Clinic Provides Cancer Care for Older Adults
Cancer is predominately a disease of older adults, yet the majority of participants enrolled in most clinical trials fall into much younger age groups. As a result, a lack of evidence-based data exists to guide oncologists in properly tailoring therapy for patients in their sixties, seventies, and even older. This limitation is especially troubling, since the population of older patients with cancer is expected to grow rapidly in the next 20 years.
“Despite a robust outpouring of studies on cancer and a similar number on aging separately, it’s remarkable and concerning how little we still know about the intersection of the two,” said William Dale, MD, PhD, associate professor of medicine and chief of the Section of Geriatrics & Palliative Medicine.
To address these limitations, Dr. Dale founded the UCCCC Specialized Oncology Care and Research in the Elderly (SOCARE) Clinic in 2006. SOCARE is staffed with professionals with expertise in oncology, geriatrics, and palliative care who coordinate and individualize care for older patients diagnosed with cancer. He explained that, because many older patients have multiple conditions in addition to cancer, their overall medical situation must be factored into treatment decisions. For example, if a patient diagnosed with lung cancer also has heart disease, osteoporosis, and recently fell, physicians must determine if needed chemotherapy can be tolerated.
“As people get older, two of their main health risks are physical frailty and cognitive impairment,” said Dr. Dale. “Those can both be affected by many standard cancer treatments.” SOCARE evaluates the fitness of older patients in tolerating treatments to help inform treatment decisions.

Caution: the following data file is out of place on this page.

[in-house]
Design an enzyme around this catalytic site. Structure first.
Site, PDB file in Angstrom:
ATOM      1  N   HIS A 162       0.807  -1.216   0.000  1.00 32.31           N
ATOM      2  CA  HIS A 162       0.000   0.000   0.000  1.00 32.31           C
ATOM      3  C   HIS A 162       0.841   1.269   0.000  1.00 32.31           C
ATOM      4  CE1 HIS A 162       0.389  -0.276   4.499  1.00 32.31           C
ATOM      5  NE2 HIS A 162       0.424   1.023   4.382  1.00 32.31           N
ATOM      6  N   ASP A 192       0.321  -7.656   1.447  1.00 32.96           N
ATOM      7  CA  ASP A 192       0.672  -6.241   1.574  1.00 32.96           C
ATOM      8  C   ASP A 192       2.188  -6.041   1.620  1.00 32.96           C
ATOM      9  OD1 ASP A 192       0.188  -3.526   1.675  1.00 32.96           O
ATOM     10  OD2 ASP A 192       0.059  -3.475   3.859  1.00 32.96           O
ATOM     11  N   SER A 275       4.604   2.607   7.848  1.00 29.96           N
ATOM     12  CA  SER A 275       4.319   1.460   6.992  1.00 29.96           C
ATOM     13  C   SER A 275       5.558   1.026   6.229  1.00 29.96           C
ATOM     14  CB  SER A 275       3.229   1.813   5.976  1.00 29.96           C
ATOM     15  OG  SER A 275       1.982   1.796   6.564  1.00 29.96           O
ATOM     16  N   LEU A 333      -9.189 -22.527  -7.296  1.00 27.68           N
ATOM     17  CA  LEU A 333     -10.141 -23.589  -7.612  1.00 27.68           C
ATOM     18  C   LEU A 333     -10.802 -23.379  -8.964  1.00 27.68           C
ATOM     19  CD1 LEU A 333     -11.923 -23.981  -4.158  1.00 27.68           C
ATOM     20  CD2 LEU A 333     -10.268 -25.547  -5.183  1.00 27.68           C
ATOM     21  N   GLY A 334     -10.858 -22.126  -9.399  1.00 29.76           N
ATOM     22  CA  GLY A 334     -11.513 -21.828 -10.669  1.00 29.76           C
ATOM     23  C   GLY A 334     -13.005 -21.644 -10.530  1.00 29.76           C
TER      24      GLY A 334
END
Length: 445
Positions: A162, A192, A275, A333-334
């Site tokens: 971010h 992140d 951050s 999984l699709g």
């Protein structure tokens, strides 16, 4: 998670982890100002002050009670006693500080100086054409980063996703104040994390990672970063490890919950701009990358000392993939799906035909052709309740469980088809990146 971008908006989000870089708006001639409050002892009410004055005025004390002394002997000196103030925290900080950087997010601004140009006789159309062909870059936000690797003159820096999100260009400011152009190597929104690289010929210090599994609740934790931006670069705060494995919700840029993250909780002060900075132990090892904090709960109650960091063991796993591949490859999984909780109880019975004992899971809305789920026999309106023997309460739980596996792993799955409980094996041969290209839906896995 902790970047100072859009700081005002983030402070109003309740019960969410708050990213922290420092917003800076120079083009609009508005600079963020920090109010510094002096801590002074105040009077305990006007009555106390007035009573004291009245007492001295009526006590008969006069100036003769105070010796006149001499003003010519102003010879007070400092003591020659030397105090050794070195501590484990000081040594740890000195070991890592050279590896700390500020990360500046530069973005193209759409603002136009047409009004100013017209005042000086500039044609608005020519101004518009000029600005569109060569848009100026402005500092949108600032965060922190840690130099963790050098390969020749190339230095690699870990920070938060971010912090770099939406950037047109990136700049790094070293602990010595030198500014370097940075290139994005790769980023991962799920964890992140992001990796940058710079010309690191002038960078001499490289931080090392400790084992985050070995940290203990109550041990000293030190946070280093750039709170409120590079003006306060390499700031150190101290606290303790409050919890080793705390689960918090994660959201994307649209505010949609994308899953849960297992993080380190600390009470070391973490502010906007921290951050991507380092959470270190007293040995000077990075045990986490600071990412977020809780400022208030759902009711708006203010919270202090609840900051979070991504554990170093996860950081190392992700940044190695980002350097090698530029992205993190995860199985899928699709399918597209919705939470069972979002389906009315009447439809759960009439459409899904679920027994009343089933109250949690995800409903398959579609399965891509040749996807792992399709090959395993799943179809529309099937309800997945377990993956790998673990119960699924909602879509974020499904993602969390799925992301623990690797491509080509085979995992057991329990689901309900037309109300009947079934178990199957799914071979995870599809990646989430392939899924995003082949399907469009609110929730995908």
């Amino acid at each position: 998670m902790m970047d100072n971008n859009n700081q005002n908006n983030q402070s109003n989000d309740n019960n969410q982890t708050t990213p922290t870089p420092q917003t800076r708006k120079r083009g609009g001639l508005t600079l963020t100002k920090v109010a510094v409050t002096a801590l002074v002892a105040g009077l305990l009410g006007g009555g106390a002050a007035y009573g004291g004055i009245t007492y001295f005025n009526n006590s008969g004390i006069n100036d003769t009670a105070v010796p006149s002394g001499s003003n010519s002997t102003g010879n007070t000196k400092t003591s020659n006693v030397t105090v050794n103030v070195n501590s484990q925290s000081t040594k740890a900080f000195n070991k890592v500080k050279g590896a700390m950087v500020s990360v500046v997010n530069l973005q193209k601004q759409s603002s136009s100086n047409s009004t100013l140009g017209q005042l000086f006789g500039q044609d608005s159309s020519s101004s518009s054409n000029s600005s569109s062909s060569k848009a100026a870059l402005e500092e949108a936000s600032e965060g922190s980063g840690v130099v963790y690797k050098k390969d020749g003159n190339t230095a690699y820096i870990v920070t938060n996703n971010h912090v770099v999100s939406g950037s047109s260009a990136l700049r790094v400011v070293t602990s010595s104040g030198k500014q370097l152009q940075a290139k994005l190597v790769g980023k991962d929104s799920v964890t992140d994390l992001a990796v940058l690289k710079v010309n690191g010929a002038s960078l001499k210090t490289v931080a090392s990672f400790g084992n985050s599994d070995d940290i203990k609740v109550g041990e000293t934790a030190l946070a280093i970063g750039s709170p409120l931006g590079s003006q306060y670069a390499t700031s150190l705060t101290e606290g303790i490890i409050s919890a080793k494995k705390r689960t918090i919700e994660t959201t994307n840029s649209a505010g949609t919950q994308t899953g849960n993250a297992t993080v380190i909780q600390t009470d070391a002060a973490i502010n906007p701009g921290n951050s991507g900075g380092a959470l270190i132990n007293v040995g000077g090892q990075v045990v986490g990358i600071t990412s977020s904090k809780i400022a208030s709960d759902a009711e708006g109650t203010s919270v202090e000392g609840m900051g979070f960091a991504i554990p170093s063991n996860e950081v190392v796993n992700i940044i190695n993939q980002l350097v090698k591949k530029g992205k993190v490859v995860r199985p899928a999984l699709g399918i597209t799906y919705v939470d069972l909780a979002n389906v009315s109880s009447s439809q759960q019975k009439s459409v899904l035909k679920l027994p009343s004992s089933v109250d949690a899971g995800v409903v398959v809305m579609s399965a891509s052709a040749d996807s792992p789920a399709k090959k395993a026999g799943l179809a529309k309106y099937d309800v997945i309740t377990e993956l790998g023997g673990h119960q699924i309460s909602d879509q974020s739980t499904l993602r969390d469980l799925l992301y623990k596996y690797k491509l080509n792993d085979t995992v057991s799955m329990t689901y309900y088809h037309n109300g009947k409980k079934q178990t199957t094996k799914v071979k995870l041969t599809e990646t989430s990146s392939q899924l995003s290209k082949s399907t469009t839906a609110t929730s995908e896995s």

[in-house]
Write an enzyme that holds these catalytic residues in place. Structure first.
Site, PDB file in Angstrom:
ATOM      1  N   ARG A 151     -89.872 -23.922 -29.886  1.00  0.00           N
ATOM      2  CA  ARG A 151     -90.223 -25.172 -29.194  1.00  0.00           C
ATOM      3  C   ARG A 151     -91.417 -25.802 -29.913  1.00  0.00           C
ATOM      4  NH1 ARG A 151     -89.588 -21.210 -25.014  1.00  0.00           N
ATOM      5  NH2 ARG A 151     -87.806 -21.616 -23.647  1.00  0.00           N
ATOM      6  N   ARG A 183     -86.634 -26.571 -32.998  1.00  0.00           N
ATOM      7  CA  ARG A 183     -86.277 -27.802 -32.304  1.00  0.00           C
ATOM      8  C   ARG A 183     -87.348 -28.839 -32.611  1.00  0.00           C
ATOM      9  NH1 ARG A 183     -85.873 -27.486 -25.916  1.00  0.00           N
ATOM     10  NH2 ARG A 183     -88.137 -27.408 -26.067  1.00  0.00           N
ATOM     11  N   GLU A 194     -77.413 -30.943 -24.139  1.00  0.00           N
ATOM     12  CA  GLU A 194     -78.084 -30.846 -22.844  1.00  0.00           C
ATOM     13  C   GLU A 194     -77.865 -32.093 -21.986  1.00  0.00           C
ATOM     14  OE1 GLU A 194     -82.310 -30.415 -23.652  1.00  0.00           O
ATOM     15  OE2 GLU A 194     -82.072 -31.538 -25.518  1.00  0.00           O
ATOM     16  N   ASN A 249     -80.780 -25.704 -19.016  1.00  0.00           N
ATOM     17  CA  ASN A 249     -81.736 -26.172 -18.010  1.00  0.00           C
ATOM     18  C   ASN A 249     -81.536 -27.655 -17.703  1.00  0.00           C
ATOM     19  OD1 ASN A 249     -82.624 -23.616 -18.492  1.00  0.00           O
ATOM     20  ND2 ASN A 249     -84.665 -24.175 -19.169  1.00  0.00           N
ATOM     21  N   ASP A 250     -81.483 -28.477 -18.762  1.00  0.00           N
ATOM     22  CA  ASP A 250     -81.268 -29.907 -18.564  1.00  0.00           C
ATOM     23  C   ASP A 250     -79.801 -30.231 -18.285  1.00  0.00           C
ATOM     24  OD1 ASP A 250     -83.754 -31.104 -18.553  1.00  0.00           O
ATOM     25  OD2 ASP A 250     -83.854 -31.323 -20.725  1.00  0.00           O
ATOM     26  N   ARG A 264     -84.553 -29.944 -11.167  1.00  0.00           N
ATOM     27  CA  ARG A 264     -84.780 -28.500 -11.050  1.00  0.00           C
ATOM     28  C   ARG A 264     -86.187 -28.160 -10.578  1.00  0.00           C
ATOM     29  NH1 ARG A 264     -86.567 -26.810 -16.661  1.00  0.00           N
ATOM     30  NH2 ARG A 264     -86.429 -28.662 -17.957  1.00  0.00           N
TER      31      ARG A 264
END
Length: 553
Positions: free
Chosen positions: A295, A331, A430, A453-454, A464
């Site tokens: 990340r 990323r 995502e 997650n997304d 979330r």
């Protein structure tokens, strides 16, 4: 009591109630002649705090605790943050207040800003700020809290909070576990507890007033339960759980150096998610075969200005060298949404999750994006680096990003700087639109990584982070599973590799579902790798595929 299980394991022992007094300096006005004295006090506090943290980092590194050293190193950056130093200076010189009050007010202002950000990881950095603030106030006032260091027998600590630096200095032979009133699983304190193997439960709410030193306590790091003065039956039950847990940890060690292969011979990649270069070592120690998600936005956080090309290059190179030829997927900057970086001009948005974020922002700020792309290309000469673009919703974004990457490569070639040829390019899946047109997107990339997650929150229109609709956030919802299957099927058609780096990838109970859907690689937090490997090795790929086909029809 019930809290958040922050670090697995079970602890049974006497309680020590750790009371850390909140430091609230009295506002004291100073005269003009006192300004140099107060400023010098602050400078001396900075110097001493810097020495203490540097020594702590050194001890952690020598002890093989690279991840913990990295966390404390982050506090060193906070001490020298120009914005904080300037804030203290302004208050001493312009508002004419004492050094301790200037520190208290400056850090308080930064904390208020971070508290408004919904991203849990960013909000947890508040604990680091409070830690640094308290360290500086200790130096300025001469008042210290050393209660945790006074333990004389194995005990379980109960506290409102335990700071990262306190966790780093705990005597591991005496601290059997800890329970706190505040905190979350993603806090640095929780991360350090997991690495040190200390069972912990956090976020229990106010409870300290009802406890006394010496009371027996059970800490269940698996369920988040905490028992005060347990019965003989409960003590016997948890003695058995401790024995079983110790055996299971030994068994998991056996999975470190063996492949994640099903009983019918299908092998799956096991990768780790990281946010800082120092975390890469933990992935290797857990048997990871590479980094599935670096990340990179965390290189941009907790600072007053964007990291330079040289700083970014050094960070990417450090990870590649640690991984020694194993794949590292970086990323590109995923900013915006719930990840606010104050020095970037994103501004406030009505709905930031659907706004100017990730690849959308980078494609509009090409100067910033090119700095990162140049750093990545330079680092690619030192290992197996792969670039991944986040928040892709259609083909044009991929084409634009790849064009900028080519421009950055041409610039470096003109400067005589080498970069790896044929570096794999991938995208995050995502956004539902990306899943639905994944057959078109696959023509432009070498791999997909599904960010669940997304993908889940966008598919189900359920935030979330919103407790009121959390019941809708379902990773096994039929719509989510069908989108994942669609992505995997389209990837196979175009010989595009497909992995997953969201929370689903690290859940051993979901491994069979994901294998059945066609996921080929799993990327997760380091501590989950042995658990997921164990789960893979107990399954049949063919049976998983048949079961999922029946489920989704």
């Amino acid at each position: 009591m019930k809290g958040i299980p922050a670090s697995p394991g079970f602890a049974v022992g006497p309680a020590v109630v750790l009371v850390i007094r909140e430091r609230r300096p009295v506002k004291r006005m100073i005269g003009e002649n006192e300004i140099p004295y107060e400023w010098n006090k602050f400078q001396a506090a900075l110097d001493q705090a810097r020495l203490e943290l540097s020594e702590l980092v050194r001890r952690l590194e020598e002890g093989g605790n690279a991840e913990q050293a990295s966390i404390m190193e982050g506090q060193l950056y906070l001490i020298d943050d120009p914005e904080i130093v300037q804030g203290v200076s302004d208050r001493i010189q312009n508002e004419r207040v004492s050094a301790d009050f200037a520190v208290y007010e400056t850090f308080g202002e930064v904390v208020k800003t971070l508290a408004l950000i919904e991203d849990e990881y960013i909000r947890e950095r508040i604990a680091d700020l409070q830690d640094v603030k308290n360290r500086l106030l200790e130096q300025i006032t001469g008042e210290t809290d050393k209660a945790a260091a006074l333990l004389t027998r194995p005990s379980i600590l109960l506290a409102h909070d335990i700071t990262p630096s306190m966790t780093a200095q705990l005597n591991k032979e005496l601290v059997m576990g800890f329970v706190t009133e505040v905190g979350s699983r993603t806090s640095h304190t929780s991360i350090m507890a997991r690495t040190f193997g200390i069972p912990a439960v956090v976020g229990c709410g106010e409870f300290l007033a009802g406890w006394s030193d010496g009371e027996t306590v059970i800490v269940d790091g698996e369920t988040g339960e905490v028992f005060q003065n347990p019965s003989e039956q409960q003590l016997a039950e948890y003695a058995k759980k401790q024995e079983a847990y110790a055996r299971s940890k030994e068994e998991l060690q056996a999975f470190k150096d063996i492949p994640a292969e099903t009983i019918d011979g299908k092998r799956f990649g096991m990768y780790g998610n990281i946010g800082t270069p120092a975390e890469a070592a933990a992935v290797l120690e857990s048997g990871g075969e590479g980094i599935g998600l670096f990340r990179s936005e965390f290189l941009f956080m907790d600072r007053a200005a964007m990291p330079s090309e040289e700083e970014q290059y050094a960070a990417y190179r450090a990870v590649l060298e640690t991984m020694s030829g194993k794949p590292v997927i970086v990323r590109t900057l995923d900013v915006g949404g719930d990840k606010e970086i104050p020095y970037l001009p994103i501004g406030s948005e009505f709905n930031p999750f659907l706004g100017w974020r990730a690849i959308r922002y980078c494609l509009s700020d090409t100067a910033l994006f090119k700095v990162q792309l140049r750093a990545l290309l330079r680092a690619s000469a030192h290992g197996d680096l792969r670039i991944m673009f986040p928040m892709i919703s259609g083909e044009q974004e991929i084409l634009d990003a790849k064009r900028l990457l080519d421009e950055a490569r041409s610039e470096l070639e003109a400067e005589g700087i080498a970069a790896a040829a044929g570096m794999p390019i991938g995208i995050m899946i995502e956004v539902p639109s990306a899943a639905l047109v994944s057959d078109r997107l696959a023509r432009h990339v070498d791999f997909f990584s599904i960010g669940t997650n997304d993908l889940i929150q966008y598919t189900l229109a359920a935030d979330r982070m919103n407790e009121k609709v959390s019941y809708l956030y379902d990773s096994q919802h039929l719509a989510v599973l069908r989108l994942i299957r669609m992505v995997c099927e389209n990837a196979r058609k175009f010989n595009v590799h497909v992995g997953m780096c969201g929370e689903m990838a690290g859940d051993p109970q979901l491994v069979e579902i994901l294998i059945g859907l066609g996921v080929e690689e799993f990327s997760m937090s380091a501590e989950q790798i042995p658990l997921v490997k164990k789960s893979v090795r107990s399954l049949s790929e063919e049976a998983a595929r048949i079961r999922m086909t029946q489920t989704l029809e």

Adequate social support is another consideration, he said, since dehydration, muscle weakness, or memory loss may make it unsafe for patients to be at home alone during cancer treatments like chemotherapy. At SOCARE, vulnerable older patients are connected with community resources to aid with transportation, safety evaluations, and home care services. In fiscal year 2012 alone, the clinic served over 1,300 patients.
Along with providing clinical care, Dr. Dale focuses his research on improving the enrollment of older adults in cancer clinical trials. “We want to include as many patients as possible in potentially curative therapies,” he said. In 2010, with funding support from the National Institutes of Health1 and the UCCCC, Dr. Dale and other geriatric oncology leaders held a conference in Chicago with national leaders to discuss methods for generating the highest quality research in older adults with cancer. Based on the success of this conference, a second meeting was recently held in Chicago to propose trials for older, frailer adults with a number of types of cancer.
Dr. Dale’s research also focuses on improving treatment decision-making strategies for older men with prostate cancer. One study found that an increasing number of older men elect to start receiving hormone therapy primarily because they are anxious about their prostate cancer, despite a lack of clinical benefit for starting hormone therapy early. Dr. Dale is currently testing decision aids —such as an interactive video—to help patients understand the side effects of hormone therapy. He is also studying the benefits of physical therapy before patients undergo such therapies.
“We’ve reduced overtreatment in the elderly by just realizing that they’re often overly nervous and need more explanation about the tradeoffs,” said Dr. Dale. Overall, he and his colleagues are helping maintain function and quality of life by matching therapy to the patient’s situation. He envisions SOCARE helping to increase the recruitment of older patients into UCCCC-based clinical studies and implementing social support initiatives, such as a program that places older patients who live alone into supervised long-term care settings while undergoing treatments, thereby extending the group who can benefit from cancer therapy.
1This project was supported by grant number U13 AG038151 from the National Cancer Institute of the National Institutes of Health.